Who amongst us wouldn’t like to feel lighter, freer, less encumbered? I would!

Maybe due to my time dealing with death as a healthcare professional, being an older U.S. Peace Corps volunteer in Africa, or because of the “gypsy year” I’m in right now, I am convinced we don’t need most of what we think we do.

How many of us default to storage units when our home becomes too crowded? How old are the condiments we’re not using in our refrigerator? What’s the inside of our car look like?

When will we rid ourselves of all this extra? Or will we? Dump your stuff now, before you die.

So many folks don’t and then it’s their survivors who are stuck dealing with it. Think about it (and, this is usually the toughest part, thinking about it); for many of us, it’s hard enough initially to simply exist after a loved one’s death.

Even when people die well, there’s a lot to do — in addition to grappling with the grief and loss.

I am not necessarily saying you need to sign up with Marie Kondo, join The Minimalists or have your home feng shui’d. All these, though, are great strategies.

Marie Kondo touts there is merit in only keeping what brings us joy. “Living meaningful lives with less” as The Minimalists, Joshua Fields Millburn and Ryan Nicodemus, purport is right on. And, feng shui, with its harmonizing principles of energy and flow, really does change an environment; thereby, its dwellers, too.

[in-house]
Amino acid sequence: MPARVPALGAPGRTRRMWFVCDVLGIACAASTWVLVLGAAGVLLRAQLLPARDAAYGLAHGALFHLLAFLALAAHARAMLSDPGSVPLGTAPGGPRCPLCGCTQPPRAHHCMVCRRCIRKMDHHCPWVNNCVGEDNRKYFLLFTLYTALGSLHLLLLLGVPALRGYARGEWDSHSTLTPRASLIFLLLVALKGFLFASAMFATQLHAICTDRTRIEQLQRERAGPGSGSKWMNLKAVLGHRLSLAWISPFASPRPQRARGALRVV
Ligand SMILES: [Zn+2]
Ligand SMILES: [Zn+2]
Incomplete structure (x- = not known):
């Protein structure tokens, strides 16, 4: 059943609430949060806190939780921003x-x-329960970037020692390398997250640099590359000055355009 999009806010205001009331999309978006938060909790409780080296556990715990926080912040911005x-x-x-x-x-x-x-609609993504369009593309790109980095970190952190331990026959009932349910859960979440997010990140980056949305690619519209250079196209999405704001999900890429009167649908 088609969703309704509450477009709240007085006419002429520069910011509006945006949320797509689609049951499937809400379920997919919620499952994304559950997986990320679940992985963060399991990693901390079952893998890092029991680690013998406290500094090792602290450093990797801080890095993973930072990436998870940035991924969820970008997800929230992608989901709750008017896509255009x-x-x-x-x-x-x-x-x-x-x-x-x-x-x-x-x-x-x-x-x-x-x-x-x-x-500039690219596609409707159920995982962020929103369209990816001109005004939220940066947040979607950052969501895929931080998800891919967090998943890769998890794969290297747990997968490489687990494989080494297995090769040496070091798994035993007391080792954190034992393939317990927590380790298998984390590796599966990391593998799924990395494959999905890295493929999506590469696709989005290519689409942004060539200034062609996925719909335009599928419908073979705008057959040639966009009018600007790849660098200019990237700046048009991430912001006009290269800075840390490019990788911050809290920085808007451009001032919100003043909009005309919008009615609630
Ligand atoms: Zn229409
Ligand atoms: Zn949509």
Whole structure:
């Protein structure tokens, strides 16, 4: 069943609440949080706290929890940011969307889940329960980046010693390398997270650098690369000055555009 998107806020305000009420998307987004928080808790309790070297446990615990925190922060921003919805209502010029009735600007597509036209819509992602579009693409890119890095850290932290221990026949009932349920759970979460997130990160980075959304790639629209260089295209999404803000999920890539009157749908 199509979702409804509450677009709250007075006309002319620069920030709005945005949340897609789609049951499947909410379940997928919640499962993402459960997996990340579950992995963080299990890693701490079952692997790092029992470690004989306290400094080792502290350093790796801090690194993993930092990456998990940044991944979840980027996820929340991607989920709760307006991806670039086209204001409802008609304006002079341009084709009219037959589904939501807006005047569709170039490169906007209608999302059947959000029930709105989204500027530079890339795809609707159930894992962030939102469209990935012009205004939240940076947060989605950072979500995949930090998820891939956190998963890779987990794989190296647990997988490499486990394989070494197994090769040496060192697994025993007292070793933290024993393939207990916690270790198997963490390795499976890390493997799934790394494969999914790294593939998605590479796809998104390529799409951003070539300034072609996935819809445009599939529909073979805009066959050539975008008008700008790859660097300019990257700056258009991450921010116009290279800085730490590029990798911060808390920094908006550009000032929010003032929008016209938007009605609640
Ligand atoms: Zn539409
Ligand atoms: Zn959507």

However, I do encourage you to consider the following:

Talk to your loved ones about what’s important to you and why you want to leave particular items to them. This might open a wider conversation about what’s of value to them also.

As much as you would like someone to have something, that person may not want it. Remember the adage, “One man’s treasure is another man’s trash?” Once known, you may feel freer to let things go. Take photos, if you must, before releasing. Be sure to document the details regarding what’s left.

Come up with a “clear the clutter” plan of action. If you have storage units, get some help and schedule a blitz. I had one client with five, large, non-climate-controlled units bursting at the brim with expensive antiques rotting away in the Texas heat. We did manage to get the antiques moved and reduce the units by half before her sudden, untimely death.

Maybe start smaller to get the momentum going. Clear out your pantry, your junk drawer or the trunk of your car. Take the drill off the top of the refrigerator and put it back in the garage (true story!).

Then, keep at it. Like the 1906 Story of the Engine That Thought It Could by Charles S. Wing, repeat to yourself, “I think I can, I think I can, I think I can…”

Envision the endgame and what it will be like when you’ve accomplished this endeavor. Tap into it with all your senses: see it, feel it, hear it, smell it, taste it.

Imagine living your life unburdened, traveling so much lighter. For me, it’s to only have what’s exquisite and essential around me. I’m keeping this image front and center as I sort through paper piles and discard old baggies.

Don’t wait any longer to reduce your footprint. Relieve your survivors before you can’t. I repeat, “Dump your stuff now, before you die.” Everybody benefits.